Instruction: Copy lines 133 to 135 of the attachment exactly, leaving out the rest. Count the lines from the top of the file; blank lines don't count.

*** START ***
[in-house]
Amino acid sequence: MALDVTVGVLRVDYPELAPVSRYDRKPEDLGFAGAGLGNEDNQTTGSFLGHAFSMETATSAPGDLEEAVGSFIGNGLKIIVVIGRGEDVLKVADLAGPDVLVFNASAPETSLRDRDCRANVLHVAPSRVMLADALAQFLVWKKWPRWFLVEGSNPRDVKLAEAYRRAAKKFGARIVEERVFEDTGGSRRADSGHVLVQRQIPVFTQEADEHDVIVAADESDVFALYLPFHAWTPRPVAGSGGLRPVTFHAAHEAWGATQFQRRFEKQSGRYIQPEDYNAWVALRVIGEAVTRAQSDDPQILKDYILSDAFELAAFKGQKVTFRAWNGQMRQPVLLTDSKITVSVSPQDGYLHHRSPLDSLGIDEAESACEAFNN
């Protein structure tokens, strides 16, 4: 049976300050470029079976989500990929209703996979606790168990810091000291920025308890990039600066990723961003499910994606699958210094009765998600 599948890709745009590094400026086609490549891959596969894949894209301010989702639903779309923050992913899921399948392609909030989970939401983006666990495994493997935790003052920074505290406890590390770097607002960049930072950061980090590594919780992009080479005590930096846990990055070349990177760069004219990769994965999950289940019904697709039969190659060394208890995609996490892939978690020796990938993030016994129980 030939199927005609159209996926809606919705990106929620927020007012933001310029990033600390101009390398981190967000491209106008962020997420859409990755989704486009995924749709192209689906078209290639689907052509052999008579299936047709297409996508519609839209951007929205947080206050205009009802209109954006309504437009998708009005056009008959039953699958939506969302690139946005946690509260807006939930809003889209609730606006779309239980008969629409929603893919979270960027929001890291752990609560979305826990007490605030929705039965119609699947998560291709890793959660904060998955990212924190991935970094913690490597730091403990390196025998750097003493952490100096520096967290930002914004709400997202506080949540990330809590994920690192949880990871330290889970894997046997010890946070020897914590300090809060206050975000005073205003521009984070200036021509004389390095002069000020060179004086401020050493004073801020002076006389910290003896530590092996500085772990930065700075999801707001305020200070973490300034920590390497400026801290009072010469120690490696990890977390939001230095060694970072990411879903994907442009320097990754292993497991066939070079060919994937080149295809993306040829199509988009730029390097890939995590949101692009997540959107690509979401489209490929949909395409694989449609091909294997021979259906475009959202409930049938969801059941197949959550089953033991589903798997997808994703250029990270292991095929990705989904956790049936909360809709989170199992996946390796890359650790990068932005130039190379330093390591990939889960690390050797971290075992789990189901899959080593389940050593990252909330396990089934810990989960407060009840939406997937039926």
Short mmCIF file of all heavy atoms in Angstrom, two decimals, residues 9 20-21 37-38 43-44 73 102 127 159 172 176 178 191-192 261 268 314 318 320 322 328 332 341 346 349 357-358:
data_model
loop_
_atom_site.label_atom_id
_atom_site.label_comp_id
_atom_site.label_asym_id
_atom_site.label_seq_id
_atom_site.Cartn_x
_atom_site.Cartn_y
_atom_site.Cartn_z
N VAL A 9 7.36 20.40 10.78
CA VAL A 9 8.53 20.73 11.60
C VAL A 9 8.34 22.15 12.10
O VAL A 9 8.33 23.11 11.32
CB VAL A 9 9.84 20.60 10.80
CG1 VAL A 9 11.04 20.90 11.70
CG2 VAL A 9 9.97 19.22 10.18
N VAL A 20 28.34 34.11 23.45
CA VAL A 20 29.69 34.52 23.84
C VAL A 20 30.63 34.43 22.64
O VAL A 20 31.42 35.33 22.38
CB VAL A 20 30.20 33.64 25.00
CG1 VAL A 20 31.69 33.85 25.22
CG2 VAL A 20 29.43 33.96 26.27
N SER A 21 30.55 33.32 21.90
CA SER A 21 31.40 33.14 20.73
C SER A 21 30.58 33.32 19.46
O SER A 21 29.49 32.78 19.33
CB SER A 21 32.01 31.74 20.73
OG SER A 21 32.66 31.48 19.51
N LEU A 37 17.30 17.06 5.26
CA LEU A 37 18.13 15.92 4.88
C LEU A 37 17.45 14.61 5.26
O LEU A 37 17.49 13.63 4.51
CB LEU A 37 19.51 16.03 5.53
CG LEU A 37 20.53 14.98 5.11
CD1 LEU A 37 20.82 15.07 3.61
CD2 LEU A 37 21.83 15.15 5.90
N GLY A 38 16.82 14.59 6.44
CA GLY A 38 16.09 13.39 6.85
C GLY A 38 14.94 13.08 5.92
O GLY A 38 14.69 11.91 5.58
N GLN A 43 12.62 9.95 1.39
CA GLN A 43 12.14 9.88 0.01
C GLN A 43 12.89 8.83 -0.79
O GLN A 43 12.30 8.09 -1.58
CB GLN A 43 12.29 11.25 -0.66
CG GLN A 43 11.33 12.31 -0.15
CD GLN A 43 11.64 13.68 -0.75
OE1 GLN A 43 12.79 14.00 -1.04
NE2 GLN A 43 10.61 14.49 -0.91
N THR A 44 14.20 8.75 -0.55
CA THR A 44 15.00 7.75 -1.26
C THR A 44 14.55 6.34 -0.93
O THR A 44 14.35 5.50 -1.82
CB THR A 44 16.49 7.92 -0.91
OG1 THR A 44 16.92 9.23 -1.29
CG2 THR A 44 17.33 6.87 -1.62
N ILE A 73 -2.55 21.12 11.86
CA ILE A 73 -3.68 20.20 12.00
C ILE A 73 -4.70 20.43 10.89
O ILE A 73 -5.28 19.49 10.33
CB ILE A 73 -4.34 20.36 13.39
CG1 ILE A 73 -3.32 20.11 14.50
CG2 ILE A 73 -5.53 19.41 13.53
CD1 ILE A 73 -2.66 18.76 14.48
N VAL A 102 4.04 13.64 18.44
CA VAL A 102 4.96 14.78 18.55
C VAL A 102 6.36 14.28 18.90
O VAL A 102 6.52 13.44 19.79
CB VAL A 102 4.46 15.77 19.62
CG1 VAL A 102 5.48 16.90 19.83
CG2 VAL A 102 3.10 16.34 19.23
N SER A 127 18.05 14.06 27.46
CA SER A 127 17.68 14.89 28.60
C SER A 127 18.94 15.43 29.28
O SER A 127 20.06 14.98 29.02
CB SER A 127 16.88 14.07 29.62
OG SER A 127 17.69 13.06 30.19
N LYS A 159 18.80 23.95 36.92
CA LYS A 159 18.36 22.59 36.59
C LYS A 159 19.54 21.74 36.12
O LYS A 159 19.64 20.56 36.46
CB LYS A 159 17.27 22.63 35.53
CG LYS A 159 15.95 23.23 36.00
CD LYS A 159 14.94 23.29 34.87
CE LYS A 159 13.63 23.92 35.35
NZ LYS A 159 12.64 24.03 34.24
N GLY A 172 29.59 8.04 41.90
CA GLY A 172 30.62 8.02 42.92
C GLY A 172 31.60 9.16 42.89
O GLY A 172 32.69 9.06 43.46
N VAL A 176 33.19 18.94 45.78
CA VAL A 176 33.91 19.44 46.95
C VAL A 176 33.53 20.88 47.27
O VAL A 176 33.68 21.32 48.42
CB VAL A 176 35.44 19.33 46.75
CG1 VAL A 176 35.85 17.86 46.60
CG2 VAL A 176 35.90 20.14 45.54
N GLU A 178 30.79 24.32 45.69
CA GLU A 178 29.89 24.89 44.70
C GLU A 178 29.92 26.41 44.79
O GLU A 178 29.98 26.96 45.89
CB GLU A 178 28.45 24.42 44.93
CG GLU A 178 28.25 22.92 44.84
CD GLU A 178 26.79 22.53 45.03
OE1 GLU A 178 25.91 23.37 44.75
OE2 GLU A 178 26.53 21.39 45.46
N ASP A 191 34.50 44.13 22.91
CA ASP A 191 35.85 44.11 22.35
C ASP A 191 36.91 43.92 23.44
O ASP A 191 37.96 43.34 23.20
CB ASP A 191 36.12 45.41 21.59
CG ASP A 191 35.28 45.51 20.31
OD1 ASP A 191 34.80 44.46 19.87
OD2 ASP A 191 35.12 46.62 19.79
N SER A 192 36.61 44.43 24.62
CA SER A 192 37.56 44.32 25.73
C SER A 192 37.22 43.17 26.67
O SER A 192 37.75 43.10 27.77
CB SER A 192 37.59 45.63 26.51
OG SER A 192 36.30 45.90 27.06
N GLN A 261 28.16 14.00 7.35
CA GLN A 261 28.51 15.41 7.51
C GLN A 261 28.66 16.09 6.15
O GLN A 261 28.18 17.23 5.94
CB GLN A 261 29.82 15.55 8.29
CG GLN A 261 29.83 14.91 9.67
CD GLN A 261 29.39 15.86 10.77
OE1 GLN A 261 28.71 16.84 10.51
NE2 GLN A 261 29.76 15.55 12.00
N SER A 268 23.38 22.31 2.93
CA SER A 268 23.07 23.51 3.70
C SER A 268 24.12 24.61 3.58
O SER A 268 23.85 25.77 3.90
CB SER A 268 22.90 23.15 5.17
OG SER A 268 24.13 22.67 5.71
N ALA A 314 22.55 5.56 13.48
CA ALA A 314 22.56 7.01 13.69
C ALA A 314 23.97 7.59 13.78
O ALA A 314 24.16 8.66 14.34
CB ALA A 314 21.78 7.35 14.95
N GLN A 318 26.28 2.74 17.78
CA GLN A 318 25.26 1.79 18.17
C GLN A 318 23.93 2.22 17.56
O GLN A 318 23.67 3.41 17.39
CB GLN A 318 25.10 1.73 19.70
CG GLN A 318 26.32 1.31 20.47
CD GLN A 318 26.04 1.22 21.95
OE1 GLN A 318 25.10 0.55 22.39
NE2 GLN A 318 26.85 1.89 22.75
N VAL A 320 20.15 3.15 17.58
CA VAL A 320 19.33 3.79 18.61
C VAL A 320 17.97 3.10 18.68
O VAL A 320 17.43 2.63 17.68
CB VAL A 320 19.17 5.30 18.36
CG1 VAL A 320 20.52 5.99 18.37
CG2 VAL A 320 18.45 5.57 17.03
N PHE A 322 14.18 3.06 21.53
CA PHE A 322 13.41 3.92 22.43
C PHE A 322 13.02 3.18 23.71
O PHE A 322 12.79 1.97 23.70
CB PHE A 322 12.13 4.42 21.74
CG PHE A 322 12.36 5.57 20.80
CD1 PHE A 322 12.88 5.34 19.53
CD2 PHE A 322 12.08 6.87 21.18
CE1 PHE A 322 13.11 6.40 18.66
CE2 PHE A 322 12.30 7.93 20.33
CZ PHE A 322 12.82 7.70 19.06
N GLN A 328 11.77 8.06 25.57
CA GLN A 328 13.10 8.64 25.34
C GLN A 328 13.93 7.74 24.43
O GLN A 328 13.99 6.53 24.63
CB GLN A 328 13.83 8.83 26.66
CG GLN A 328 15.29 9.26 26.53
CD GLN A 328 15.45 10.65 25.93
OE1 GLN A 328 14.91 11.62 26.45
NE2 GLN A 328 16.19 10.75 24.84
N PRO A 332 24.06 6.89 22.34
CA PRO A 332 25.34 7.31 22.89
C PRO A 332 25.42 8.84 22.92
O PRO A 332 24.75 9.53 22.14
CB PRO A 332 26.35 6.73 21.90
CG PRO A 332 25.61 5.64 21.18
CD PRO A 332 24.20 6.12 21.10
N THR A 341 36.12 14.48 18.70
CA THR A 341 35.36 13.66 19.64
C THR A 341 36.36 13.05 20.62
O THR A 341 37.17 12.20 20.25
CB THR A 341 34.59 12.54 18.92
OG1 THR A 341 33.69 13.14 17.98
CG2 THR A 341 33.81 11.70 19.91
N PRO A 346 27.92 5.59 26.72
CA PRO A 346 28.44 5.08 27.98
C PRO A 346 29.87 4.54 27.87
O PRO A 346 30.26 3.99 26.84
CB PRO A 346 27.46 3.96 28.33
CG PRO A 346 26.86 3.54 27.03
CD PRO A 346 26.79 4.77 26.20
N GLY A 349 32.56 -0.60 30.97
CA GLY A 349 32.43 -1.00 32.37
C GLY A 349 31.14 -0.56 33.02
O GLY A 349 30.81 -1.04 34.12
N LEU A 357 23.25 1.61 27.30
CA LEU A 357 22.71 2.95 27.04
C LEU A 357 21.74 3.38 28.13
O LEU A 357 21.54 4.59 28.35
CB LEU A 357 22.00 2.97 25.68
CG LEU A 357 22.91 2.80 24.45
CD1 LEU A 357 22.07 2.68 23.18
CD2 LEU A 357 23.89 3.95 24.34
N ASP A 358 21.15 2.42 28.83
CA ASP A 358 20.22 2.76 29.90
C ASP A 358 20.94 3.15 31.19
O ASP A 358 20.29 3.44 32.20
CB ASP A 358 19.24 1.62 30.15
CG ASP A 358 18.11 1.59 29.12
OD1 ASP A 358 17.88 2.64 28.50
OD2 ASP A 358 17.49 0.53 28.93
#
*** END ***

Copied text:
OE1 GLN A 261 28.71 16.84 10.51
NE2 GLN A 261 29.76 15.55 12.00
N SER A 268 23.38 22.31 2.93